Larne fly-tipping culprit sought by Mid and East Antrim Council enforcement team

A fly-tipping incident outside Larne is being investigated by Mid and East Antrim Borough Council.
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The items consist of a” large pile” of black bags containing what appears to be kitchen waste.

It was discovered by one of Larne’s volunteer Eco Rangers during a weekend litter pick.

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Commenting on the incident, Larne Lough Alliance Councillor Danny Donnelly who is a member of the council’s Climate Change Working Group, said: “I have asked the council environmental health enforcement team to investigate this illegal rubbish dump to try to find clues as to who is responsible. Fly-tipping is a crime that pollutes our environment and blights our countryside.

Fly tipping at Old Ballymena RoadFly tipping at Old Ballymena Road
Fly tipping at Old Ballymena Road

“It’s disgusting that someone thinks it’s ok to dump their waste in this area. I hope that in this case the culprit can be found and prosecuted.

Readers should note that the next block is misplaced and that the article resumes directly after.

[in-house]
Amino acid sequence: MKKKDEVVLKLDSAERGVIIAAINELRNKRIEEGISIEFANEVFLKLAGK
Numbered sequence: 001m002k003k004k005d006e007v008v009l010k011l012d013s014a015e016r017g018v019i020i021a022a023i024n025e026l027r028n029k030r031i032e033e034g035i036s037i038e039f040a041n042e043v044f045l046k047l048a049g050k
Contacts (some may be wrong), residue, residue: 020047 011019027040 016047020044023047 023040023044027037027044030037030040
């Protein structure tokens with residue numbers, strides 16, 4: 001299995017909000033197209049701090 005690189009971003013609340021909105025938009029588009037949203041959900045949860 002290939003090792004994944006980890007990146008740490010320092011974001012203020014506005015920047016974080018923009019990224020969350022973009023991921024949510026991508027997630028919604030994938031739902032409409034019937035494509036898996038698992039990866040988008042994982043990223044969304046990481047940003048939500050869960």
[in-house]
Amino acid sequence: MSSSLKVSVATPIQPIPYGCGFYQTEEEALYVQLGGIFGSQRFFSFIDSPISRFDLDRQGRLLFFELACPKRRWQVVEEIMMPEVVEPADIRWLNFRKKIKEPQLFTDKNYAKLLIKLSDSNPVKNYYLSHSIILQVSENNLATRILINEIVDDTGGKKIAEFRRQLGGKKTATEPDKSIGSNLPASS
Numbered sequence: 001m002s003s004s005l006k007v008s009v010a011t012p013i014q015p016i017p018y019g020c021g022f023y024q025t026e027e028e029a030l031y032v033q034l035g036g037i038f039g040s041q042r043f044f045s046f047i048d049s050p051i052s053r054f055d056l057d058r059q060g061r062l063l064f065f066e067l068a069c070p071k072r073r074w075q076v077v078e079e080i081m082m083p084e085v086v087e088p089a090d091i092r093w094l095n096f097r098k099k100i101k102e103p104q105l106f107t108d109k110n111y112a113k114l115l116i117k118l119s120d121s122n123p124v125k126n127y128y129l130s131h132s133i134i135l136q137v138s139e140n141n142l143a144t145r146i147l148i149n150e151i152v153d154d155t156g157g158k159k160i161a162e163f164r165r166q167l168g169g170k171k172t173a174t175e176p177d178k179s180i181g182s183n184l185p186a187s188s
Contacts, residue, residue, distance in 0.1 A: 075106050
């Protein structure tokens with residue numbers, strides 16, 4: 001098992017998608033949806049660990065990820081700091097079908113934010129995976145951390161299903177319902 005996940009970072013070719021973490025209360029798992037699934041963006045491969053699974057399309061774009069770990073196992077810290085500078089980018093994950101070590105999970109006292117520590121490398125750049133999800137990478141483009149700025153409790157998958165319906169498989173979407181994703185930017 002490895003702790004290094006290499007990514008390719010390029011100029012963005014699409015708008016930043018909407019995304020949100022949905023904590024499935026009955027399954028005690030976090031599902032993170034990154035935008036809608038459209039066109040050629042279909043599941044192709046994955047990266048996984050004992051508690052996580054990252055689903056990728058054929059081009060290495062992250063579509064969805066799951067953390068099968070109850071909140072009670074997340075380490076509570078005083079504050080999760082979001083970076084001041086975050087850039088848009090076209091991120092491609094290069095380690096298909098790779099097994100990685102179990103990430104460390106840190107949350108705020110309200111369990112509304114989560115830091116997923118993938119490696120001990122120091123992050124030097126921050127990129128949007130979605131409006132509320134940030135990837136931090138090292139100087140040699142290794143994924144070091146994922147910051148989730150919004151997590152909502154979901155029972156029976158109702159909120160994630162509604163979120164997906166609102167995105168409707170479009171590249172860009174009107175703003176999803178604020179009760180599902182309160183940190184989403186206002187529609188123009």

“It would be great to identify the person who did this. If anyone has any information about this, they should contact the council environmental health enforcement team.”

In May, lamb carcasses concealed in a sack were discovered by the roadside at Brustin Brae Road outside Larne with their ears removed to prevent identification of ownership. The incident was reported to DAERA (Department of Agriculture, Environment and Rural Affairs) for investigation. Click here

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The council encourages anyone who witnesses a fly-tipping incident to use its reportable app.

Last month, the council’s director of Operations Philip Thompson told the Direct Services Commitee that extra refuse vehicles had been required during the pandemic,

A report to be presented to councillors on Tuesday evening noted that 18,572 tonnes of household waste were collected in Mid and East Antrim between January and March, of which 46.7 per cent was sent for recycling. A quantity of 124kg was generated per household in the borough.

Glass was the most recycled solid material at 62.6 per cent followed by paper and card, 44.3 per cent, metals, 35.7 per cent, plastic, 20.5 per cent.

Michelle Weir, Local Democracy Reporter


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